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Volume 24, Number 10 — November 2017

"Returning to Barter Theatre was on My Bucket List"

Barter Theatre alum Doug Wilson, right, and Richard Rose, producing artistic director of Barter. (Photo courtesy of fotoswiss.com_cattaneo)
Barter Theatre alum Doug Wilson, right, and Richard Rose, producing artistic director of Barter. (Photo courtesy of fotoswiss.com_cattaneo)

Wide World of Sports Producer wanted to be a Singer & Performer

April 29, 2012

ABINGDON, VA — Barter Theatre is known for drama and famous alum. On April 3, 2012, the famed professional theatre combined the two with a special one-night event.

"It's easy to celebrate the people in front of the cameras like Barter alum Patricia Neal and Gregory Peck, but it's not very often that we get to celebrate people who did things behind the scenes that affect the way we experience the world," said Richard Rose, Barter's producing artistic director.

The drama experienced that night was a bit different than drama one would expect from William Shakespeare or Arthur Miller. On April 3, Barter alum Doug Wilson took attendees on an Odyssey different from Homer's, but his story was filled with drama: the human drama of sports.

Wilson came to Barter almost 60 years ago with stars in his eyes. He wanted to become a singer and performer. Well, life had different plans for him. Better plans. When he stepped back on the boards at Barter some six decades later, more than his wildest dreams are realized.

You may not know the name Doug Wilson, but if you were born before 1970, chances are you saw his work every Saturday morning. It won him 17 Emmys and paved the way for his induction into the U.S. Figure Skaters Hall of Fame (although he barely skates, which is a testament to his work). Soon, he will accept the first Frank Bare Award for service to gymnastics by the International Gymnastics Hall of Fame due to his significant contributions to popularizing gymnastics during the 1960s, '70s and '80s.

As producer and director of ABC's Wide World of Sports, Wilson spanned the globe to bring Americans "the thrill of victory and the agony of defeat" to millions of Americans tuned in every Saturday morning. Wilson's unique Odyssey took him across five continents to events of all proportions; from Olympic arenas, to backroom pool halls; from Grand Prix of Monaco and figure skating in Beijing to wrist-wrestling in Petaluma; from gymnastics in Bulgaria and Brazil, to historic ping-pong diplomacy in Detroit.

What does ABC's Wide World of Sports or sports in general have to do with theatre? "I've always approached sports not from the jock, locker room or fan point of view, but from the theatrical point of view, and I thought of sports as theatre," Wilson says.

Along with legendary sports caster Jim McKay, Wilson didn't just bring Americans the results of competition. "After all, what takes place on stage is just like what takes place in an arena: performing in front of a live audience. The only difference: on stage the actors are working off a script and on a field or an arena, the script has not yet been written," explains Wilson.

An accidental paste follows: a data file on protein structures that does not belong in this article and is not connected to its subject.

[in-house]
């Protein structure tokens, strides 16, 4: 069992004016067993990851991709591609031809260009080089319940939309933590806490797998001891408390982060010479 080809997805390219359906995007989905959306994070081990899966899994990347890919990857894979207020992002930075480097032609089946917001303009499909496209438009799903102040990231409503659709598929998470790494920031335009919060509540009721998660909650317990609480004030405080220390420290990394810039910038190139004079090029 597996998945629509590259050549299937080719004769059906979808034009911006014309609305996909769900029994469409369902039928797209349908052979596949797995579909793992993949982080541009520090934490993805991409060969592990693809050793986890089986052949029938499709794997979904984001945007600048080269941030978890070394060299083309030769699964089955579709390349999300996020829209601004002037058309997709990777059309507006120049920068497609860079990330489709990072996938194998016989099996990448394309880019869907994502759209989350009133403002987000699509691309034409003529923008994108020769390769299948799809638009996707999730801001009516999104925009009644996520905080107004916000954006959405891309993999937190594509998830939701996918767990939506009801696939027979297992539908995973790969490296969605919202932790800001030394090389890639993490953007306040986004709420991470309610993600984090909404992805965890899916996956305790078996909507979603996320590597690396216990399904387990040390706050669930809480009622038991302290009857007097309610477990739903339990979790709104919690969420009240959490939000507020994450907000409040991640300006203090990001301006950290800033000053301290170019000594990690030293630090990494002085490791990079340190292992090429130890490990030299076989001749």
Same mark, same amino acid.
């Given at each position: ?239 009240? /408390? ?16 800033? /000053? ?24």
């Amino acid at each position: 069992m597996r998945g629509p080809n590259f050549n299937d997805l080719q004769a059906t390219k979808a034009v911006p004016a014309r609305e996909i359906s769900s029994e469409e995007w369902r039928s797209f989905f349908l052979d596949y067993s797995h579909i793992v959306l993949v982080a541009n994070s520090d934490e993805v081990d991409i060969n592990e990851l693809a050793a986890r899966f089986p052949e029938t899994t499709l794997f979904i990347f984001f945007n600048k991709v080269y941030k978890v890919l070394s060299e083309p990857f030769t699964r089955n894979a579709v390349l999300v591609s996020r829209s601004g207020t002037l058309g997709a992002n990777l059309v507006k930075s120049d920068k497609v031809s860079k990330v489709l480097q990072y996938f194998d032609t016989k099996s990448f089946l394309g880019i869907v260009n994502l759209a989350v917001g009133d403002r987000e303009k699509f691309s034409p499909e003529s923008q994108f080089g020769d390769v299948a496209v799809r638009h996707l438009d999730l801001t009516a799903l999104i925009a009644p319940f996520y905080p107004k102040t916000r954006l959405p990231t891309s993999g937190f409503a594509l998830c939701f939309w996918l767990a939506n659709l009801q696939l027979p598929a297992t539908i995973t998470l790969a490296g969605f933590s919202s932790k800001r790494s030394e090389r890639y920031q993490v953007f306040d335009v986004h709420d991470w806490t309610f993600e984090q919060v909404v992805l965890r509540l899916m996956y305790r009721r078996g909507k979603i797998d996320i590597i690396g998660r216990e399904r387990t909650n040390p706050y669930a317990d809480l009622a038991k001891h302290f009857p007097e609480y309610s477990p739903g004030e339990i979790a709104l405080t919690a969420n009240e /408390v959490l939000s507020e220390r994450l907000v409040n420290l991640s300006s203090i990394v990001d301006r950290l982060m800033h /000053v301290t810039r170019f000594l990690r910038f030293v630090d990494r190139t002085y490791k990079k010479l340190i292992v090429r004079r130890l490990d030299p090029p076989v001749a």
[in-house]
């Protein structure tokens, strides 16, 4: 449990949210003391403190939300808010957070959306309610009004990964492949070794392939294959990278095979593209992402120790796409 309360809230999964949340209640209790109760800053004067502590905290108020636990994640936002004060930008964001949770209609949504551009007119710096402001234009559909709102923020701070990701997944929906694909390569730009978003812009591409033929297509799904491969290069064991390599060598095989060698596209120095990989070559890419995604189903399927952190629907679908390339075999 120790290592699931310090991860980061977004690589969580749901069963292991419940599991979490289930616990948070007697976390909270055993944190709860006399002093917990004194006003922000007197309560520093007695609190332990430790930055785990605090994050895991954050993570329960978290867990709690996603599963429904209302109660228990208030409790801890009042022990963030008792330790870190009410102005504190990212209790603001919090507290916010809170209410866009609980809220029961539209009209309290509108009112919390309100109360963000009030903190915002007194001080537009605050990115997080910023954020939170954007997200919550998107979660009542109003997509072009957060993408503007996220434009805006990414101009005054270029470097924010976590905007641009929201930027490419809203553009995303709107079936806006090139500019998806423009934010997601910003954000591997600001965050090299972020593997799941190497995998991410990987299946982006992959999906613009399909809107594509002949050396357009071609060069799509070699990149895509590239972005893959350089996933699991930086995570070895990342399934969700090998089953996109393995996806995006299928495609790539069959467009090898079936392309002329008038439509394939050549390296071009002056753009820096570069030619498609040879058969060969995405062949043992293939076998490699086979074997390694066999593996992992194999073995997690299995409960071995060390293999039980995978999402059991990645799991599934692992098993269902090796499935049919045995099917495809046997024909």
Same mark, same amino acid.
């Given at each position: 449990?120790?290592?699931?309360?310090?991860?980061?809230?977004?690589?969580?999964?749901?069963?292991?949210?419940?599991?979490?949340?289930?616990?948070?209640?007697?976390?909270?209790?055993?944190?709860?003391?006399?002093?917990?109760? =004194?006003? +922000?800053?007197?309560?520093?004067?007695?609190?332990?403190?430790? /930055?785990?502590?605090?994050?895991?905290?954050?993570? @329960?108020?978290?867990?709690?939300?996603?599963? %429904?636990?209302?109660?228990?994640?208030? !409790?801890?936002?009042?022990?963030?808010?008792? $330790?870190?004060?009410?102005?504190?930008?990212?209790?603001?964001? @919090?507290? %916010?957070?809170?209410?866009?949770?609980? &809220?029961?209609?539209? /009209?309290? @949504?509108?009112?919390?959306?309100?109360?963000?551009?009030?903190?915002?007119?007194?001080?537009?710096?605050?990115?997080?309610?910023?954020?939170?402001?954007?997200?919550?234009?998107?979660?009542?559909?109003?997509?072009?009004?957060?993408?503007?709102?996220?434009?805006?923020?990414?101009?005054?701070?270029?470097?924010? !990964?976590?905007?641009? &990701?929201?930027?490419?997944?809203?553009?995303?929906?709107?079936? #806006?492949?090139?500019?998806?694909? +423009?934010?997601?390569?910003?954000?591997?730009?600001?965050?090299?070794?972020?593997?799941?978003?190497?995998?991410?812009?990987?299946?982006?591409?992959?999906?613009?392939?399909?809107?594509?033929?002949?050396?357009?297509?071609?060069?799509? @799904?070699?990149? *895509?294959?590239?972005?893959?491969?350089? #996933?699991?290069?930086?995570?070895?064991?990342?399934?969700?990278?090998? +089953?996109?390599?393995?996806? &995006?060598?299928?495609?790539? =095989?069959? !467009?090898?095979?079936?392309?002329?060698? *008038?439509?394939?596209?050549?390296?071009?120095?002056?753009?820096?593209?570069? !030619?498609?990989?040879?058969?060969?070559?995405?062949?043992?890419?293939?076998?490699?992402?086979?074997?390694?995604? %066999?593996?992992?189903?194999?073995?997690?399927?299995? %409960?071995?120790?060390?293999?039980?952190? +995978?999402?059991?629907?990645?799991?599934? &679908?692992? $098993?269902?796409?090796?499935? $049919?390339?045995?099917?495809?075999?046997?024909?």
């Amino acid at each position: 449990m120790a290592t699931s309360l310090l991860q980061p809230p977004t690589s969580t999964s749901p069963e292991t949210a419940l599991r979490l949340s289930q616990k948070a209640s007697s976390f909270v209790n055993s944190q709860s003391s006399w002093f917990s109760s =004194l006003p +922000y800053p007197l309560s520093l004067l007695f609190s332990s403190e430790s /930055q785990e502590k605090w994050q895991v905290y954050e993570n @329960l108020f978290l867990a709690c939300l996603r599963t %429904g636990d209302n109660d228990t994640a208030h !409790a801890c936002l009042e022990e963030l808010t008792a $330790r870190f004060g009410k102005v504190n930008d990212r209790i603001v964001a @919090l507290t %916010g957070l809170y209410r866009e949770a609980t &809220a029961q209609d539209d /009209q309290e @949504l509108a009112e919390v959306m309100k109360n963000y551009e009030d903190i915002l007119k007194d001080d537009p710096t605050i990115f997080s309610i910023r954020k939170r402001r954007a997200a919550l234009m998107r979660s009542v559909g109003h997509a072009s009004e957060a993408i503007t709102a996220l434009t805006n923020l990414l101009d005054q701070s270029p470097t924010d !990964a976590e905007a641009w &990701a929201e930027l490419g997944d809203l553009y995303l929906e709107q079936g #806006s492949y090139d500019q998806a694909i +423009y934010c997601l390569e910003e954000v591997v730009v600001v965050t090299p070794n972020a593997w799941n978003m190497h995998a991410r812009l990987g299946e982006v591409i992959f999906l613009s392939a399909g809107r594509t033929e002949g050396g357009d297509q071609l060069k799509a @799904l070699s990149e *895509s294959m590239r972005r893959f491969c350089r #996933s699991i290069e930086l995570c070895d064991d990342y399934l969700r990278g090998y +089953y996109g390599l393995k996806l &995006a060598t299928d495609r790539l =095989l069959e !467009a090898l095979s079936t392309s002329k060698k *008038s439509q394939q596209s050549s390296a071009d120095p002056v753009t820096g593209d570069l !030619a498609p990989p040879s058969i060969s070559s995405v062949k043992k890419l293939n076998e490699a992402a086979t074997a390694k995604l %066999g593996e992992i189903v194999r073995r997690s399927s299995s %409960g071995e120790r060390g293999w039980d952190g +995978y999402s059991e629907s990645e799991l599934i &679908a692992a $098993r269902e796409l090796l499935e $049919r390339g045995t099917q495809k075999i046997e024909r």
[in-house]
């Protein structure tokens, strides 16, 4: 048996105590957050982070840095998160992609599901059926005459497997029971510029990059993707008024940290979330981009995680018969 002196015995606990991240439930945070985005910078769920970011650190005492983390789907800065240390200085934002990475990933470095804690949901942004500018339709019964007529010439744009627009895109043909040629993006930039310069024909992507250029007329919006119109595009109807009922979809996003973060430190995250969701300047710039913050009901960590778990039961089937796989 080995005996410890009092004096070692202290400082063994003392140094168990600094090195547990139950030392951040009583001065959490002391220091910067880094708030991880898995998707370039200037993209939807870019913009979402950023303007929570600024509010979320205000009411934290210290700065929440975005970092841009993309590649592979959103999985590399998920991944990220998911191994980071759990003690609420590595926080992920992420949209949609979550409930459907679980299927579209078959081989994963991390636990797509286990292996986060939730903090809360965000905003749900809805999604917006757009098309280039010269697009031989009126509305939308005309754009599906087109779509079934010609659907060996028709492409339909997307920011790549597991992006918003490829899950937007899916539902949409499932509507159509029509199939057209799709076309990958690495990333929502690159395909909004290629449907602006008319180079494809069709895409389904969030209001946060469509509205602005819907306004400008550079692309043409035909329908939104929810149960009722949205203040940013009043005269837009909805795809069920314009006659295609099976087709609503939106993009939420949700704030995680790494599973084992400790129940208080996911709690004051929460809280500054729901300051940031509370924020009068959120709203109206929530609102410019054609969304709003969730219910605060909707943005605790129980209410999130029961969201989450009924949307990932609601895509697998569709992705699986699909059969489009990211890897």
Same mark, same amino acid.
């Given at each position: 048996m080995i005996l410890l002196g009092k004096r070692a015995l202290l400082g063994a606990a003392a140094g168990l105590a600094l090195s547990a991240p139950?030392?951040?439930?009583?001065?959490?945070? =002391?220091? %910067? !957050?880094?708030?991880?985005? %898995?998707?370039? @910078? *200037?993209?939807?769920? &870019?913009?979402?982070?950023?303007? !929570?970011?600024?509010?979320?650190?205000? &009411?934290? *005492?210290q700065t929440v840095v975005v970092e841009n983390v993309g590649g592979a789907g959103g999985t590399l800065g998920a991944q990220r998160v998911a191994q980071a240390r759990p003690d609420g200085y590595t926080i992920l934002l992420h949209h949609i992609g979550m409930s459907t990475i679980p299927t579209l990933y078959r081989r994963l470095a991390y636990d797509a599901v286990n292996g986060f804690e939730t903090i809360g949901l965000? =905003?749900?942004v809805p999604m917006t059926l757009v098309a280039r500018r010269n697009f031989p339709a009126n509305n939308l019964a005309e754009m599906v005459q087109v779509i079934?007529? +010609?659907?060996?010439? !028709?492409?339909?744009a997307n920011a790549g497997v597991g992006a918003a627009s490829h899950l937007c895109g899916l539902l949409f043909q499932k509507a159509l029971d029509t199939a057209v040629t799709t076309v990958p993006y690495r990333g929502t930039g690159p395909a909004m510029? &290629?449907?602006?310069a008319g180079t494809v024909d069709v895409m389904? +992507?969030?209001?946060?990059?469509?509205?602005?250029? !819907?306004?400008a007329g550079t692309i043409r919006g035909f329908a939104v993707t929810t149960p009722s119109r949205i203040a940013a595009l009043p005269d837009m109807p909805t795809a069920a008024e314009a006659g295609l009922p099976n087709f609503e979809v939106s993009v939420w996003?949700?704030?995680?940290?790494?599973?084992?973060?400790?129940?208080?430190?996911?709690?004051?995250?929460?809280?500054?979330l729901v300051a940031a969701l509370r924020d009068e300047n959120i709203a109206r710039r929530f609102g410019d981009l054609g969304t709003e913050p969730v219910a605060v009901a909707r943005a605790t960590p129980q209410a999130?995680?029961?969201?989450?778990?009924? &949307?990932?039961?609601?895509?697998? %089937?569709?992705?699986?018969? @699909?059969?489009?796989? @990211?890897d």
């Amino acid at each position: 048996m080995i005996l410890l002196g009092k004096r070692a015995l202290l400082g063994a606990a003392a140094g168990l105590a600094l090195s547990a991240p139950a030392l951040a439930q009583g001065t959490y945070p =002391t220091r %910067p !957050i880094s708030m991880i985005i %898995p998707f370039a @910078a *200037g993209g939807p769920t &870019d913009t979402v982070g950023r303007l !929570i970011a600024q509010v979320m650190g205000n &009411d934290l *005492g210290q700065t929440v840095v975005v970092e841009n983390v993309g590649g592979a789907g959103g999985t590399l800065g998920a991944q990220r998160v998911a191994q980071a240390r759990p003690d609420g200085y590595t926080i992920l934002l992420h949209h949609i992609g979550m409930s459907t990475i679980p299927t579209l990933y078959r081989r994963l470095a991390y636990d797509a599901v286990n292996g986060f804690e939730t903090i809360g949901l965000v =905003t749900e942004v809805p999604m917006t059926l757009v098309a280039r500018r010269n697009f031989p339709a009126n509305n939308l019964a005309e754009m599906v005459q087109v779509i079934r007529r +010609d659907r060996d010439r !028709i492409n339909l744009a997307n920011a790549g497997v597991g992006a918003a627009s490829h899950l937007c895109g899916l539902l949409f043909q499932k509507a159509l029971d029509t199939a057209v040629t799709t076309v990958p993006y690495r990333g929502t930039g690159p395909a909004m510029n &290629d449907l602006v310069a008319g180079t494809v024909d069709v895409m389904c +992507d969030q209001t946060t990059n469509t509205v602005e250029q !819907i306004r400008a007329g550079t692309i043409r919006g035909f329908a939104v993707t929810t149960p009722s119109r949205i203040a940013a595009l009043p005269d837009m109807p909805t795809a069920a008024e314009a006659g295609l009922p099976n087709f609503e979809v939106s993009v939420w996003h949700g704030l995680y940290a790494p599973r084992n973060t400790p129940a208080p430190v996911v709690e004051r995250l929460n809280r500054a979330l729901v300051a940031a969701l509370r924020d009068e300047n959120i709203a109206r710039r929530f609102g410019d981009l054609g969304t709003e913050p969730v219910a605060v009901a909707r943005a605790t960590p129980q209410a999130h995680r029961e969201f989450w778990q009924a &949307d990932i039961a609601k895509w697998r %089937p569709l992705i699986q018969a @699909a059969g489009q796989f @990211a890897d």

"The connections he made with sport figures, the way he brought athletes into our lives, the coverage of the Olympics — as someone behind the scenes, Wilson has probably done more to affect our lives than we know. He is someone we should and absolutely must celebrate," said Richard Rose. "During his 50 years at ABC's Wide World of Sports, the most popular television program of its time, Doug transformed the way we watch sports. If you think about the way we celebrate an actor, with an Oscar or Tony, Doug also brought home the big prize, a Directors Guild of America Lifetime Achievement Award: the equivalent of an Oscar or Tony in his field, not to mention his 17 Emmys. He was the first to add music to sports."

Before his world-wide travels and meeting, befriending and covering sports icons such as Muhammad Ali, Scott Hamilton, Peggy Flemming and countless others, as a college student at Colgate In 1955, Wilson lined up an audition with Barter founder Robert Porterfield in New York.

"It was a dream of mine to become a singer and performer; so to go to Barter Theatre for a summer was to act on that dream," said Wilson. Porterfield hired him as a summer intern at Barter. "I was paid a whole dollar per week," Doug said with a chuckle.

"To return to Barter Theatre was on my bucket list," said Wilson. "It was a dream come true."

"We were able to celebrate an award-winning Barter alum who is a master storyteller. He described his interviews, backed by real TV footage, from those in the sports and entertainment world," said Lori Hester, director of patron services at Barter Theatre. "This was a very special event for Barter, and we were very excited to welcome Doug Wilson back to Barter's stage to share these incredible stories. Theatre inspires, and we all witnessed one incredible way that it is so."

For more information on Barter Theatre, call 276-628-3991 or visit www.BarterTheatre.com.